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Carcavelos DOC

Base map data ©2017 Google, Inst. Geogr. Nacional

Categories: Carcavelos

Carcavelos is the smallest wine appellation in Portugal. Lying west of Lisbon as it stretches along the Targus estuary in search of the Atlantic, its vineyards were nearly consumed by expansion and development during the last quarter of the 20th century, until just 25 hectares—now protected—remained. It first came to prominence in the 18th century under the Marquis de Pombal, who possessed significant vineyard holdings in the hills surrounding Oeiras and Cascais. Carcavelos quickly gained renown, when it was gifted by King Jose I of Portugal to the court of Beijing in 1752 and later was featured in Christie’s first-ever London wine auction, appearing alongside Hock, Burgundy and Malaga. Yet production remained small (relative to that of Port and Madeira), and the arrival of phylloxera in the late 19th century began Carcavelos' slow fade—even as it was officially demarcated in 1908 and recognized with Port, Moscatel de Setúbal and Madeira as one of four traditional Portuguese Vinhos Generosos.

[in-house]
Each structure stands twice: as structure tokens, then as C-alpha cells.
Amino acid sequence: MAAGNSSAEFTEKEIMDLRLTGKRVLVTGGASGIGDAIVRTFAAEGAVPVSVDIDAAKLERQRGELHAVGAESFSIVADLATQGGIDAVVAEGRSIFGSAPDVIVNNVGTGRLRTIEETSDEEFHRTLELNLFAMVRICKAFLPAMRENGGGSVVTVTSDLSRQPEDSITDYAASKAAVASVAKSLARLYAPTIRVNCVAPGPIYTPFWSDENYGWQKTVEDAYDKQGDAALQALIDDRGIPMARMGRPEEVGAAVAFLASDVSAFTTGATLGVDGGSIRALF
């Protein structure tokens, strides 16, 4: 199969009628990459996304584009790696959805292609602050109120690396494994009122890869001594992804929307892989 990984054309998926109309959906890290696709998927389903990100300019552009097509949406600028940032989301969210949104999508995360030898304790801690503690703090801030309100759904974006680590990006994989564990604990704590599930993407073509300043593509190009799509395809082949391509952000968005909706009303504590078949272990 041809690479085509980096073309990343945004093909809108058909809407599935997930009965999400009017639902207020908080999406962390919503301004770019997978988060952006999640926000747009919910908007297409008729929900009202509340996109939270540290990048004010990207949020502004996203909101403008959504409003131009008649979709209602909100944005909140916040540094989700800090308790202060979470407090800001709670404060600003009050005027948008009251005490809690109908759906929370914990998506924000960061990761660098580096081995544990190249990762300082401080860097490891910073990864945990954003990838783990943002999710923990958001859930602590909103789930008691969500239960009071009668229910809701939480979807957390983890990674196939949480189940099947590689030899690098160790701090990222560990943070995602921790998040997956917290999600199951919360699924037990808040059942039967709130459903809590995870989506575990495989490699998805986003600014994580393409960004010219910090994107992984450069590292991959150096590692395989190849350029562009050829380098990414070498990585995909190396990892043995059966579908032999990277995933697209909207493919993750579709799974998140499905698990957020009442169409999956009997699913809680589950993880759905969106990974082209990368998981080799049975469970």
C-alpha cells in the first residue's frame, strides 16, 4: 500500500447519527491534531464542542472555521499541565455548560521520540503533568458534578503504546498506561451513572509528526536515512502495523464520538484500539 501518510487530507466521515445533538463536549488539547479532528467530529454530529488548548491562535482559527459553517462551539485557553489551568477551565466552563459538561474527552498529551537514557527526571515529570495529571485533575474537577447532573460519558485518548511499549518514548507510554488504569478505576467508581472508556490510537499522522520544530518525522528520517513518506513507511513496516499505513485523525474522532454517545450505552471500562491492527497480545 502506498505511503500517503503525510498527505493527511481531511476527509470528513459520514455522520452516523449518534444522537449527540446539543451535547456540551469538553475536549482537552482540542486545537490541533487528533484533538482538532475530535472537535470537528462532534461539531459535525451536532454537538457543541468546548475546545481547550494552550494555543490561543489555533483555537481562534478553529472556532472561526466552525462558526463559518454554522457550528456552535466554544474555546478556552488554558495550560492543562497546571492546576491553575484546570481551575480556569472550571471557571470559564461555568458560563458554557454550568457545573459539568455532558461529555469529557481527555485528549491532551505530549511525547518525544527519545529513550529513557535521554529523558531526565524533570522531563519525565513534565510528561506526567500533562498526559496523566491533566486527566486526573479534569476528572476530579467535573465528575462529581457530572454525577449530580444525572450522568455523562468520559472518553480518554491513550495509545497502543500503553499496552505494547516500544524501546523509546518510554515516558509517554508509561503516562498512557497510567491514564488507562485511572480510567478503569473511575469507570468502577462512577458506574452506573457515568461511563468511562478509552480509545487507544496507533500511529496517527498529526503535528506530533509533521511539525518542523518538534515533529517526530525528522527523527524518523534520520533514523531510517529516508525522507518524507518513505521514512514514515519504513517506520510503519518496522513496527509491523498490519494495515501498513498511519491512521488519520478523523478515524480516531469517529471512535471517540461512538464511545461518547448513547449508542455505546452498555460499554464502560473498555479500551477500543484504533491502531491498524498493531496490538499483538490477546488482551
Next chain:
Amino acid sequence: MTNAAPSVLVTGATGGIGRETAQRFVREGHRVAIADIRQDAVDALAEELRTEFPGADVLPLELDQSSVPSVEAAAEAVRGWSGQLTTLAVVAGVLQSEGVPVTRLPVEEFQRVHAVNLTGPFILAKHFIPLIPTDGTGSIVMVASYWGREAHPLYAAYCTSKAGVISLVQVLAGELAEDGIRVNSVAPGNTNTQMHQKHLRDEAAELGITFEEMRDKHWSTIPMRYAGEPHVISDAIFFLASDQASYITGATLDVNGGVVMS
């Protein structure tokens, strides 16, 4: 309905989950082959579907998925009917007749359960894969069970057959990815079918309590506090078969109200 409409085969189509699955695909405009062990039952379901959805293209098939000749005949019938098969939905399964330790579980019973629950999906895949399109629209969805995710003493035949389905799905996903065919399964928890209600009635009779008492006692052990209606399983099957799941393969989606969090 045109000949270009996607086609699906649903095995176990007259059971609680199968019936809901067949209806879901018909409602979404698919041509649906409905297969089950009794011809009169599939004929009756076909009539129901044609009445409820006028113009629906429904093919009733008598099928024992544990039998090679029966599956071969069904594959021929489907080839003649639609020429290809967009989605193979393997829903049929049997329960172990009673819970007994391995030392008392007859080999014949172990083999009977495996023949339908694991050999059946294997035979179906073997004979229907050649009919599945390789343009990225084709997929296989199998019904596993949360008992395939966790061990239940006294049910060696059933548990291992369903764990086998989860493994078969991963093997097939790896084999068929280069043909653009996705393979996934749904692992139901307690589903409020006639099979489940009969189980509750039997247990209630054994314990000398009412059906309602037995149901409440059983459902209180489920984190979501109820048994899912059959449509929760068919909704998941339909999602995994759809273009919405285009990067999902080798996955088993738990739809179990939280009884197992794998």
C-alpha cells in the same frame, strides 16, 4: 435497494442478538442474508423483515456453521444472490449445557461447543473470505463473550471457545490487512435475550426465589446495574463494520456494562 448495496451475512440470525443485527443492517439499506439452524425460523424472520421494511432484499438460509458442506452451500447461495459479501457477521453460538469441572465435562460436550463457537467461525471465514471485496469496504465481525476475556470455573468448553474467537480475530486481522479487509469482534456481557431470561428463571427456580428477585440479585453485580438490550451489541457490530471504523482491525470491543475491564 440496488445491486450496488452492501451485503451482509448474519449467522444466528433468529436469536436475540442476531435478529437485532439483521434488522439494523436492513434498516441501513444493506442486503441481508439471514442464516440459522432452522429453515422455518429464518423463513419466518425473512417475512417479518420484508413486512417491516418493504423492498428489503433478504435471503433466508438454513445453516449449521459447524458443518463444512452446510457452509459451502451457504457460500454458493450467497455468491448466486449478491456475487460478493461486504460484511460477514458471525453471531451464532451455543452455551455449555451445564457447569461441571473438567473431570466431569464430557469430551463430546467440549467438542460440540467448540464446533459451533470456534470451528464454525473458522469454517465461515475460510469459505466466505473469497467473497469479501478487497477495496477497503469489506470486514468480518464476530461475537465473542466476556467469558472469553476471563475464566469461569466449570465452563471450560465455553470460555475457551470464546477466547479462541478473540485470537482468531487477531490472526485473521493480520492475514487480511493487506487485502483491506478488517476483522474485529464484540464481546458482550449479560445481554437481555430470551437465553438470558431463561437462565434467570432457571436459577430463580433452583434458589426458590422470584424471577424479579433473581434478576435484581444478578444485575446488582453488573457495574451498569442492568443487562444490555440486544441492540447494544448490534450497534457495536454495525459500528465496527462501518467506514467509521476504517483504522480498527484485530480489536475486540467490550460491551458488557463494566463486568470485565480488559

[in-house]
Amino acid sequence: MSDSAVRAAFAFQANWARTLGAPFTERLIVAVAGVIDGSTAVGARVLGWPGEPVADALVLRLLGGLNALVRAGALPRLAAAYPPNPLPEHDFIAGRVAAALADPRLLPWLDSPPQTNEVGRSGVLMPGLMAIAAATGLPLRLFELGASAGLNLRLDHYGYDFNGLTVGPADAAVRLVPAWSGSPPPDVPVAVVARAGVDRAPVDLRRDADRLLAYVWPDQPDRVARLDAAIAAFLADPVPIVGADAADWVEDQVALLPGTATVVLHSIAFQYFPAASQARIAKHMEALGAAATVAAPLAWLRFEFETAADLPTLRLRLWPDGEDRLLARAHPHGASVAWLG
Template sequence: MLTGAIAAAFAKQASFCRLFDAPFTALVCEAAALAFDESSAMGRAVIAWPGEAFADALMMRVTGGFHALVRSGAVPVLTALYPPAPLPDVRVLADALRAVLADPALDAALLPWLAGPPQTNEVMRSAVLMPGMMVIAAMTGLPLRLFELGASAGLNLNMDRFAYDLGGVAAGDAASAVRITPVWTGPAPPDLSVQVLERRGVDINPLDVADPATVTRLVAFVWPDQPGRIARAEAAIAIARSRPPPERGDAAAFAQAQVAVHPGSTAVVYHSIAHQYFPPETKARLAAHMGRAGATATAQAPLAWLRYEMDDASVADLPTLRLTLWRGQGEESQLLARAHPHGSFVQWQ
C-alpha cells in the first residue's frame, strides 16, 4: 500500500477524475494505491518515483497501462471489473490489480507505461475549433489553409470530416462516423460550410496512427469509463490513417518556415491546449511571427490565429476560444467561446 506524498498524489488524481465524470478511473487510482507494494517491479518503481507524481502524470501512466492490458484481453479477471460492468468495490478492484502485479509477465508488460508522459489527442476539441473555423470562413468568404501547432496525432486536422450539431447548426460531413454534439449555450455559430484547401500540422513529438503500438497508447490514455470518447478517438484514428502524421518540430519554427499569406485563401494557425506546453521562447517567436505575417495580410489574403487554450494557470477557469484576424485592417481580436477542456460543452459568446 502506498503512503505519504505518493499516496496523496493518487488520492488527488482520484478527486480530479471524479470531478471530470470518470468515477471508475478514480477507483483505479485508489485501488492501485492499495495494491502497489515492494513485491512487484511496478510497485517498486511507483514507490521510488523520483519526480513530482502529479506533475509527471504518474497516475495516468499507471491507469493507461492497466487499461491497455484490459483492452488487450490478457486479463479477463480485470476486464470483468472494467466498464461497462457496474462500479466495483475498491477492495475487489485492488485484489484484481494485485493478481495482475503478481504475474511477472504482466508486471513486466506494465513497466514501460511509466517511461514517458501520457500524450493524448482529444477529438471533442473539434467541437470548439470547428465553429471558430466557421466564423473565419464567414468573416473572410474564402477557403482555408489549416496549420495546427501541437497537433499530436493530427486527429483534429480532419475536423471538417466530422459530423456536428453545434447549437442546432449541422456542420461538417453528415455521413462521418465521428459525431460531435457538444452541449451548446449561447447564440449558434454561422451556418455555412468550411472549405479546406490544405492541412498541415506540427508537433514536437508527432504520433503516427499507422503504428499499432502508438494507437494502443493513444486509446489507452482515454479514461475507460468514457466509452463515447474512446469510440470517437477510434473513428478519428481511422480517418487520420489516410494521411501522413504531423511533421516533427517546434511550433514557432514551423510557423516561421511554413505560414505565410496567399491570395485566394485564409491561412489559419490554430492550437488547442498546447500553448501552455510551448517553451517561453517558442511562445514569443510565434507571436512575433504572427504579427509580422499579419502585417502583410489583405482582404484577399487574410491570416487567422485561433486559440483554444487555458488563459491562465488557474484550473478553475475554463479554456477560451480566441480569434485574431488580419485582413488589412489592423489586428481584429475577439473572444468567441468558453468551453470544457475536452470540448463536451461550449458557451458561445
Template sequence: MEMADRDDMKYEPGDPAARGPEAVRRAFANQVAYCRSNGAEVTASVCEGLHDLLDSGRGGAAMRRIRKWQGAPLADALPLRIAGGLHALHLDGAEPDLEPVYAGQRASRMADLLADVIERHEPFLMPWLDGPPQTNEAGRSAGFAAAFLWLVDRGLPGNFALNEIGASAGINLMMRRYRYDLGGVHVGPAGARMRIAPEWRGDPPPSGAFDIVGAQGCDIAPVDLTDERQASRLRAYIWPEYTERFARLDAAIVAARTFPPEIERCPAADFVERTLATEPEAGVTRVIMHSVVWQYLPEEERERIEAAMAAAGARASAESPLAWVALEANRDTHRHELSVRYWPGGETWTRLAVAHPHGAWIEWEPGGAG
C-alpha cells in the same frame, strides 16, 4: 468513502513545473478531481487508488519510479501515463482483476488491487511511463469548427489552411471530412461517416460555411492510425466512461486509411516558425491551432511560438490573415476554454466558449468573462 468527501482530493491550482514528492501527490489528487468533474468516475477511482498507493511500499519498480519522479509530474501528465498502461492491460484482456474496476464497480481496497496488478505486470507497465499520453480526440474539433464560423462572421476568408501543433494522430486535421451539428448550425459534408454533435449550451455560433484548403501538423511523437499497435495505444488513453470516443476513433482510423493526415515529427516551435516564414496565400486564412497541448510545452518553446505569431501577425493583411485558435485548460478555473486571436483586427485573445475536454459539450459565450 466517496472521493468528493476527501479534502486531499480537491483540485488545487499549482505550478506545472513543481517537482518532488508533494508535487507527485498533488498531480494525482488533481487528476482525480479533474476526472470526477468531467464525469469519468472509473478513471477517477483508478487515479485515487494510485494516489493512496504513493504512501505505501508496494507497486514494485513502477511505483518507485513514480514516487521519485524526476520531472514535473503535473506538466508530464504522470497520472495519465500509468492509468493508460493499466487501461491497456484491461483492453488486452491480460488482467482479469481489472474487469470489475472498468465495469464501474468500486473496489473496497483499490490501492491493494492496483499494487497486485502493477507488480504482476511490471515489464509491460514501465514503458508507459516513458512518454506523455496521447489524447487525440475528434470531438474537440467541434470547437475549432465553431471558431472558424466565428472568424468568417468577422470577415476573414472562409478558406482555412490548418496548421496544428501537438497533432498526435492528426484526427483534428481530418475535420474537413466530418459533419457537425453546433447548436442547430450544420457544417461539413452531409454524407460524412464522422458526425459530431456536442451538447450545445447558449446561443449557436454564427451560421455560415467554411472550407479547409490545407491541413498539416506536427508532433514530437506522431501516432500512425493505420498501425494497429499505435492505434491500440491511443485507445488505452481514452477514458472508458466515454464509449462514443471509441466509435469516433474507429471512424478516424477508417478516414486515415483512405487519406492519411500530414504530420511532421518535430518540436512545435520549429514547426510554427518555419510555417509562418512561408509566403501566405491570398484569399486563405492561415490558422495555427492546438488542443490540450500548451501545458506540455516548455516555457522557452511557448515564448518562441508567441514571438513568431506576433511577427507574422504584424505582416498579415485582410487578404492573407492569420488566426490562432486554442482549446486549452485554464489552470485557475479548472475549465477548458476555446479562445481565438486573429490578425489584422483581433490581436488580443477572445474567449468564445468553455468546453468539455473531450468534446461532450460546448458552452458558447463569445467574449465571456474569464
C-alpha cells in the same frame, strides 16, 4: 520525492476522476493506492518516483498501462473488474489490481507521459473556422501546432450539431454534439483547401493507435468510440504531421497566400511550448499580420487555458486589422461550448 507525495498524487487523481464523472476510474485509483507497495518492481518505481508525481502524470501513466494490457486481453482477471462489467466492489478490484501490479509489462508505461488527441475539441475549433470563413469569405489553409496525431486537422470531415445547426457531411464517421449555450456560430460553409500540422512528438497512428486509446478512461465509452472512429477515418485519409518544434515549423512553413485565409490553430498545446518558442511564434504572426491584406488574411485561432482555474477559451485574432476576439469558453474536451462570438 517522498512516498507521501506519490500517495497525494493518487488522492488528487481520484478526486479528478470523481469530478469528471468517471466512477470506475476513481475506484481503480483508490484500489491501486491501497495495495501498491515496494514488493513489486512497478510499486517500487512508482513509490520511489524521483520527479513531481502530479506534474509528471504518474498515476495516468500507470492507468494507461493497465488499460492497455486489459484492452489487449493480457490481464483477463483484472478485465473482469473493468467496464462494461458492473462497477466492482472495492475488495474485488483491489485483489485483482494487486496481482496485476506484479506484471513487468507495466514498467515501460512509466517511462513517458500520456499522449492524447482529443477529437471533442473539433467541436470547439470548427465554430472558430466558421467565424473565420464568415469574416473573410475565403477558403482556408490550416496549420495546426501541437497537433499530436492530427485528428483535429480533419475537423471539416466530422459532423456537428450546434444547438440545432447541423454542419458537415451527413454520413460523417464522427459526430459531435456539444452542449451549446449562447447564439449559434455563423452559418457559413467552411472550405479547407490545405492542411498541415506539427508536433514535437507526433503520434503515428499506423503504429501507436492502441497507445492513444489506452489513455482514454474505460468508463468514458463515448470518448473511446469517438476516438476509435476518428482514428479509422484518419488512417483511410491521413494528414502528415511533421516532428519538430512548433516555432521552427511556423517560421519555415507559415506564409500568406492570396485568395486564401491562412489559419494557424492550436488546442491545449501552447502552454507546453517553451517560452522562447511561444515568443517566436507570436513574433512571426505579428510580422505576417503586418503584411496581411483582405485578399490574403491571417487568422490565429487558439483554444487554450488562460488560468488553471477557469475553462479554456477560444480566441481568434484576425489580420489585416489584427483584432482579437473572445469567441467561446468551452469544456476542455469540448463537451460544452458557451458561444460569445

Today, Carcavelos is amongst the rarest of wines. Just one active producer, Villa Oeiras, remains, while the wines of Quinta dos Pesos—which ceased production in 2005 and were little commercialized—were specially selected from barrel and bottled by the Sotolon Selection team.

Carcavelos is a vinho generoso, or strong fortified wine, produced from a blend of up to nine different white and red varieties (for the whites: Arinto, Gallego Dourado and Ratinho are most common; for the reds: Trincadeira, Negra Mole and Castelão). The fermentation can be arrested via mutage, or the wine can be fermented dry and subsequently fortified with vinho abafado (a fermented grape must, preserved by the addition of neutral alcohol), bringing it to 18-20% abv, typically with 80-95 g/l of residual sugar, similar to the sweetness level of Boal Madeira. The wine must then be aged a minimum of three years in cask, but elevage can range from five to 20 years, the wine becoming oxidative in character, with barrels more or less topped-up, depending on the style of the producer. Both vintage and blended age-statement are made.